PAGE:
"Summertime Blues" (The Economist)
The slowdown is spreading around the world
NOT for the first time, the recent behaviour of financial markets has been at odds with economic fundamentals. The living has been easy on American and European stock exchanges this summer, despite plenty of gloomy data. Investors may have been placing too much faith in the capacity of central banks to counteract economic weakness.
The global economy expanded by just 2.8% in the year to the second quarter, according to The Economist’s measure of world GDP (see chart). That is the slowest rate since the end of 2009, when recovery from savage recession in the wake of the financial crisis was getting under way. The most perturbing aspect of the current slowdown is that the weakness is so widespread, affecting emerging economies as well as rich countries.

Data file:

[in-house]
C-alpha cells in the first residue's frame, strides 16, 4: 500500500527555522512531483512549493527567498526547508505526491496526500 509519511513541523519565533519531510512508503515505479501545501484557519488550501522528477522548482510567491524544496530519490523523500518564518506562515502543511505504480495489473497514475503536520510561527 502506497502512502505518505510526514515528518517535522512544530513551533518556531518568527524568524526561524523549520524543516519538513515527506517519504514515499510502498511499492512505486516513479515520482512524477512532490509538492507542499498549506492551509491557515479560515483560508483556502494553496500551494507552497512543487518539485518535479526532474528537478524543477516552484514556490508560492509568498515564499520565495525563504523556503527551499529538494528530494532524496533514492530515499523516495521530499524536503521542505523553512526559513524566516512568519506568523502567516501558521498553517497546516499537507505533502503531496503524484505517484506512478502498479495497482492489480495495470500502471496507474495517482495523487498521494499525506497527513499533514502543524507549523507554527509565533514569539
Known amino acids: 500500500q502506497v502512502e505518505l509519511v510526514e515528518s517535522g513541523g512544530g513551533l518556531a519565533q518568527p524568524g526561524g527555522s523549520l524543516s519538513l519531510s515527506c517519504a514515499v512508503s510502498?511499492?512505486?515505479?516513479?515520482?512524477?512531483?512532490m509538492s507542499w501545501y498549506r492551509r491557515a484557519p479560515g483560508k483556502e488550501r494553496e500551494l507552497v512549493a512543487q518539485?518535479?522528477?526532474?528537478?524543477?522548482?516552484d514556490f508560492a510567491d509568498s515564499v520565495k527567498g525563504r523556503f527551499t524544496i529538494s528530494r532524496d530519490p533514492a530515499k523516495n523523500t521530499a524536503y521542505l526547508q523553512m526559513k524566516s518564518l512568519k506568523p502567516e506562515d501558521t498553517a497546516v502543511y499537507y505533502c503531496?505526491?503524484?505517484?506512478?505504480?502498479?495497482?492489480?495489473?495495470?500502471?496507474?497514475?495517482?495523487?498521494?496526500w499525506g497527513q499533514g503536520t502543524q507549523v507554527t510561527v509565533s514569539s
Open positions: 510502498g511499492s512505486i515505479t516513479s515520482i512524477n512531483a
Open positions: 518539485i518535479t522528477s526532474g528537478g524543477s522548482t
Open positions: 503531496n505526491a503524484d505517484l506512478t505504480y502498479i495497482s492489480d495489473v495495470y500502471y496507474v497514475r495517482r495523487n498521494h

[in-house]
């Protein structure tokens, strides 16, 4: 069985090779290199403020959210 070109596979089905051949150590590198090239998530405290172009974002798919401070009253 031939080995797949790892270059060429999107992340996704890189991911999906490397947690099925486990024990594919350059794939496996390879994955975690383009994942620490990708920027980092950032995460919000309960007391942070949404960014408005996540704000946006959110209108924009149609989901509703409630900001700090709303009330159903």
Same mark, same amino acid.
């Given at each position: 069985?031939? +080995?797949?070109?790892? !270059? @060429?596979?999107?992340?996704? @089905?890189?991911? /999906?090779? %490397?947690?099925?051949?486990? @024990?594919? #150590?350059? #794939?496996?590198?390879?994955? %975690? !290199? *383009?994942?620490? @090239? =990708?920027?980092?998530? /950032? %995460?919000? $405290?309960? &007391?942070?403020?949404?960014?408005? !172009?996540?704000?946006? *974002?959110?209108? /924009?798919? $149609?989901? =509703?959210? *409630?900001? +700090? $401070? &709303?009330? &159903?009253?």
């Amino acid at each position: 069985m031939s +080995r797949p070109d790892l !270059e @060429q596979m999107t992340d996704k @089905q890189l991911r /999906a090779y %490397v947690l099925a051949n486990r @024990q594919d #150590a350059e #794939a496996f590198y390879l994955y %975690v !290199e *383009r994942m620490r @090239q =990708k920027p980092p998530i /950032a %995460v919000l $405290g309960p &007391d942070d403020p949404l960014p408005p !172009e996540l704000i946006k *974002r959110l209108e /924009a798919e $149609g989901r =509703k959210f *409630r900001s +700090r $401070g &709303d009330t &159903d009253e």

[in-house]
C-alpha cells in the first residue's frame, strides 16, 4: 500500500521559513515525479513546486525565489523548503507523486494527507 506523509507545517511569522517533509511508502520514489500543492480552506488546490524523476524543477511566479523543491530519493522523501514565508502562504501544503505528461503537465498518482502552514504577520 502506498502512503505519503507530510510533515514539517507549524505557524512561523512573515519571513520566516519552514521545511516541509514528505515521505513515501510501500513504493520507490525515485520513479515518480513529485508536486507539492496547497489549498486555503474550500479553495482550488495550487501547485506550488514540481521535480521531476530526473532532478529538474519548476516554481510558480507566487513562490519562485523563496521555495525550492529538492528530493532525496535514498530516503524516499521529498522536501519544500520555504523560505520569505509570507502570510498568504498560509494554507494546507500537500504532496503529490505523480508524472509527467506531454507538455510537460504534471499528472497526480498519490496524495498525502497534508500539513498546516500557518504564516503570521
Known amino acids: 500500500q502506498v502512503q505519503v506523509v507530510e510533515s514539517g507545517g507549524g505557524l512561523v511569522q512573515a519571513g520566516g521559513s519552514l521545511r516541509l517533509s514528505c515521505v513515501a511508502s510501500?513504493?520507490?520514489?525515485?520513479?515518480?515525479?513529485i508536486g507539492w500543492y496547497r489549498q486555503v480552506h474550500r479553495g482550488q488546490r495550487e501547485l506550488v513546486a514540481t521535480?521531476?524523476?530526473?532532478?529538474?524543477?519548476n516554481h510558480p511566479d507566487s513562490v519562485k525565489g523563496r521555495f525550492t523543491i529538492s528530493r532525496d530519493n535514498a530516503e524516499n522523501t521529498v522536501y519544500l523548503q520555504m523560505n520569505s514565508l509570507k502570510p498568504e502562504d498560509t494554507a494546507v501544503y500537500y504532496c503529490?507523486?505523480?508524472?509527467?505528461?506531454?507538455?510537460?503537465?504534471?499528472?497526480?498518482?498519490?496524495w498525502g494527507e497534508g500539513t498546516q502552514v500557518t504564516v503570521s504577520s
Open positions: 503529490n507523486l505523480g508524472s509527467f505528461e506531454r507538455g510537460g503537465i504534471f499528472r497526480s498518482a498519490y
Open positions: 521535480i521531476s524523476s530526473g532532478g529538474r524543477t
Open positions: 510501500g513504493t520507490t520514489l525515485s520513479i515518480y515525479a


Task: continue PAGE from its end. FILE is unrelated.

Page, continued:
In contrast, rich-country stockmarkets have been buoyant over the summer. During the past month American equity prices rose by 4%; European stockmarkets were even more sunkissed, gaining an impressive 6%. The rallies are now petering out, perhaps because investors are becoming more realistic about what central banks can truly deliver.
I have a funny feeling there will be lots more of the latter in the weeks to come.